For audiences unfamiliar with either Zydeco or Creole music, this CD should serve as an excellent introduction. However, Savoy does not intend for it to replace the recordings made by artists who are part of these traditions. Instead, it is a tribute by other musicians from across the nation who recognize that Creole and Zydeco richly deserve an even wider audience.

If you like what you hear, then seek out recordings by the Creole and Zydeco musicians who perform on the 12 tracks and by the many other Creole and Zydeco artists who are included in LSUE's music pages, plus scores of others who are not yet listed there.

Nathan Williams and the Zydeco Cha Chas play on four cuts, including the opening song, Cyndi Lauper's performance from a female perspective of Clifton Chenier's "Allons à Grand Coteau," the Zydeco version of Joseph Falcon's "Allons à Lafayette" (Grand Coteau, which means big hill, is located about 20 miles north of Lafayette). Williams joins Lauper on vocals for his own "Festival City," which celebrates the Original Southwest Louisiana Zydeco Festival held every year in Plaisance the Saturday before Labor Day.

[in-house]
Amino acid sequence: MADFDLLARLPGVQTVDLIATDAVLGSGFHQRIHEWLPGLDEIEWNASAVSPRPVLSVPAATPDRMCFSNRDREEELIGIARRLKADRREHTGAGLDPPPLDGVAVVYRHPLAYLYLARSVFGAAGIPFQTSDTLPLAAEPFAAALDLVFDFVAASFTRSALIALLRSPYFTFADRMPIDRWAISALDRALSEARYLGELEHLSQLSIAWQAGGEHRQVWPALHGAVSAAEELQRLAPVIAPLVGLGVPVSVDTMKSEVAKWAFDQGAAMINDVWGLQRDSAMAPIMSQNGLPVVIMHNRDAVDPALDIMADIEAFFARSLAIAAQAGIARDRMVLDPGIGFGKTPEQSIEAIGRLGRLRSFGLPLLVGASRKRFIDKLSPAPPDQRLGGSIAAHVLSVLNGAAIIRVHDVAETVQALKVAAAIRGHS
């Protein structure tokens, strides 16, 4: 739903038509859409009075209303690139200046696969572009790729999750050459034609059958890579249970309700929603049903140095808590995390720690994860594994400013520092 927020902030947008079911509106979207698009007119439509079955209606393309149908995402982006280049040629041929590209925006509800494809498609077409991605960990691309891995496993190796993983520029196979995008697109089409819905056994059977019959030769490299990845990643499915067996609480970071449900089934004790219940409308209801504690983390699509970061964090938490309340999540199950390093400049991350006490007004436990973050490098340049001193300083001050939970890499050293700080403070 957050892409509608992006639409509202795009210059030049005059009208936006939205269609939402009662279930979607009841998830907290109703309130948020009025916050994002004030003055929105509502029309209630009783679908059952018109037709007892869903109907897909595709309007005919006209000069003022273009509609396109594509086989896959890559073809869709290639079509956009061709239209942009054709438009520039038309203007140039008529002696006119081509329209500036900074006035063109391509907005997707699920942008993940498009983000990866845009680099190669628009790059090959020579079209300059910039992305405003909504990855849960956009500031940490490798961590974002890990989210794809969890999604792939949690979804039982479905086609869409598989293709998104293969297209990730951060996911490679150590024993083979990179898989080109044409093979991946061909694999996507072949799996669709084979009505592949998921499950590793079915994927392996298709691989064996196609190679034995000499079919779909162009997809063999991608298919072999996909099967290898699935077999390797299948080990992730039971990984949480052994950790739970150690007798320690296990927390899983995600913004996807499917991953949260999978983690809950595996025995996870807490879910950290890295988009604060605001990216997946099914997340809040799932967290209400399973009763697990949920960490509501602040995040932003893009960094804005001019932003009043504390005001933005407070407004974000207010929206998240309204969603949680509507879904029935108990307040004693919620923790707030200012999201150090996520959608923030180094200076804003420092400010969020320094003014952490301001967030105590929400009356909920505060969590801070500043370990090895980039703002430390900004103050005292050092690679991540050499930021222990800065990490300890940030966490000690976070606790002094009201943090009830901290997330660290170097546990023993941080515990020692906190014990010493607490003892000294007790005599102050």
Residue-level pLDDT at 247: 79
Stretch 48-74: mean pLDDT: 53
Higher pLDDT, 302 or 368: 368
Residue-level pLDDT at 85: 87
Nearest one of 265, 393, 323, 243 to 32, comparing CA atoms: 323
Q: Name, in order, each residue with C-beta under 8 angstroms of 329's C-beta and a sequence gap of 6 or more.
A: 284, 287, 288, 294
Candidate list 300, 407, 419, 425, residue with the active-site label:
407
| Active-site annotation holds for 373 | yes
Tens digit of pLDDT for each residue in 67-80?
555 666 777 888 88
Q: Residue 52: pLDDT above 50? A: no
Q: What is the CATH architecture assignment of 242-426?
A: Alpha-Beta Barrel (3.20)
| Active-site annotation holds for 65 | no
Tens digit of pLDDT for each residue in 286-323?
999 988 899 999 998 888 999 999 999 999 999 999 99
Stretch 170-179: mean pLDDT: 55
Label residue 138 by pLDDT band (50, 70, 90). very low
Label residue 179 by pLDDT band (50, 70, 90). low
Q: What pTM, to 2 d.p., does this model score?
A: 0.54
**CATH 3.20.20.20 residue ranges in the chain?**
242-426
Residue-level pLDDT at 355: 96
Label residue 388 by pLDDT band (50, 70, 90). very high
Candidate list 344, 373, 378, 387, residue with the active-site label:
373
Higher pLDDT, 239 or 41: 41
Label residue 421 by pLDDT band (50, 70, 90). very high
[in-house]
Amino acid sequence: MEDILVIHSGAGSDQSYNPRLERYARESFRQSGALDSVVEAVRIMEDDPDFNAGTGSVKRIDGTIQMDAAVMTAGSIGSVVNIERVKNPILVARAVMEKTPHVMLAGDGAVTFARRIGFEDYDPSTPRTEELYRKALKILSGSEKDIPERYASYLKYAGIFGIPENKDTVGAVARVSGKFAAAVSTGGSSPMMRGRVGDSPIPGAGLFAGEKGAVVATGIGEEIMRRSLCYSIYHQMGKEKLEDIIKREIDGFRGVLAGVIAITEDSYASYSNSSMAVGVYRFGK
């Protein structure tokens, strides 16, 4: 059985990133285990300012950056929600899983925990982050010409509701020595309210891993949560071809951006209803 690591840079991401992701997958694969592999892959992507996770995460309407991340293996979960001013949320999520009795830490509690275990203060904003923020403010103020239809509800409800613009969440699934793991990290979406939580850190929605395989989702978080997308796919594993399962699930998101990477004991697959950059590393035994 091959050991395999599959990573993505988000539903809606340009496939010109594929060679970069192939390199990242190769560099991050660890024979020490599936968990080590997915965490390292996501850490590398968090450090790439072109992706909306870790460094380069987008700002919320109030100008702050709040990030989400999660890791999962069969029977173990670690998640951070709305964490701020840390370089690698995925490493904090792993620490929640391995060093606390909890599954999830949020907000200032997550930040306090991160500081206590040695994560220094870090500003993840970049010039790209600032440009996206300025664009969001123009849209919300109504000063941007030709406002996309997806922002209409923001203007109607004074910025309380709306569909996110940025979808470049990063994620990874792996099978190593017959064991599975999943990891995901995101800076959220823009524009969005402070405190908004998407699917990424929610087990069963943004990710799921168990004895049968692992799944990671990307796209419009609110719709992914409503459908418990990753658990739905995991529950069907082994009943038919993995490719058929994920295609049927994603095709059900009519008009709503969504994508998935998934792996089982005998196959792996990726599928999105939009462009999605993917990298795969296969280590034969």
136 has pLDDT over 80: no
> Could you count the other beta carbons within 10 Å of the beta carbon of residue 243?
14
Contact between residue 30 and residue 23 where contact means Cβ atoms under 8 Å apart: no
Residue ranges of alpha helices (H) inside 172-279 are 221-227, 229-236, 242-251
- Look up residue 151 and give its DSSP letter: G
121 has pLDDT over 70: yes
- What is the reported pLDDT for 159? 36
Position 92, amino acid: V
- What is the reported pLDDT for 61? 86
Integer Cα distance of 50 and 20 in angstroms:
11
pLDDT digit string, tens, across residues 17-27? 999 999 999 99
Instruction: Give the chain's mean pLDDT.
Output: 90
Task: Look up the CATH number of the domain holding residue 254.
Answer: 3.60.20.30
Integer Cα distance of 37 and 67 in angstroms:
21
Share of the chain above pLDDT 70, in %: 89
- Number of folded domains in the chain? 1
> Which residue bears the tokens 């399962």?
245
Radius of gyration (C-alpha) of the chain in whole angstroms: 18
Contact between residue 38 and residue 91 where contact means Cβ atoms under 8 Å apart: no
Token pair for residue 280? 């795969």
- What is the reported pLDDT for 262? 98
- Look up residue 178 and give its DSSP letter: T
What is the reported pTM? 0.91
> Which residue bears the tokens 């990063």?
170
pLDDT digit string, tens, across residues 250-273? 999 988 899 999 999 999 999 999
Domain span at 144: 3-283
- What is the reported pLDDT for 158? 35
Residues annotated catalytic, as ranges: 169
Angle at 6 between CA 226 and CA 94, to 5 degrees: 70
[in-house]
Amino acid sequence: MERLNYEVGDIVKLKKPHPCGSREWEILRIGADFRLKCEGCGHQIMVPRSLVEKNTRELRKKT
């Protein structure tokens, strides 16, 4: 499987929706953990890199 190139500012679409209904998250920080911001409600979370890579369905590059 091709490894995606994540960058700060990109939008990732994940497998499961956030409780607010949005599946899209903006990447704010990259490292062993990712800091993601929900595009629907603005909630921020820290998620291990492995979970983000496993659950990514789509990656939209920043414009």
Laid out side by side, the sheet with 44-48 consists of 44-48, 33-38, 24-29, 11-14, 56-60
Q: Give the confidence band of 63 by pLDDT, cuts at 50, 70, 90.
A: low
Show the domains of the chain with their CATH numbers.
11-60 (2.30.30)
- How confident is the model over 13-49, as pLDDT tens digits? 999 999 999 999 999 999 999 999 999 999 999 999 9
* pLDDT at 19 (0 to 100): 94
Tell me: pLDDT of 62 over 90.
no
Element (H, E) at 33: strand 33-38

Willams' and his band play Chenier's "I'm Coming Home," with vocals by three contemporary Zydeco standouts: Keith Frank, Rosie Ledet, and Sean Ardoin,  Anyone who has heard Ardoin sing his showstopping version of this Zydeco classic will be happy to learn that he has now at least recorded  a portion of it.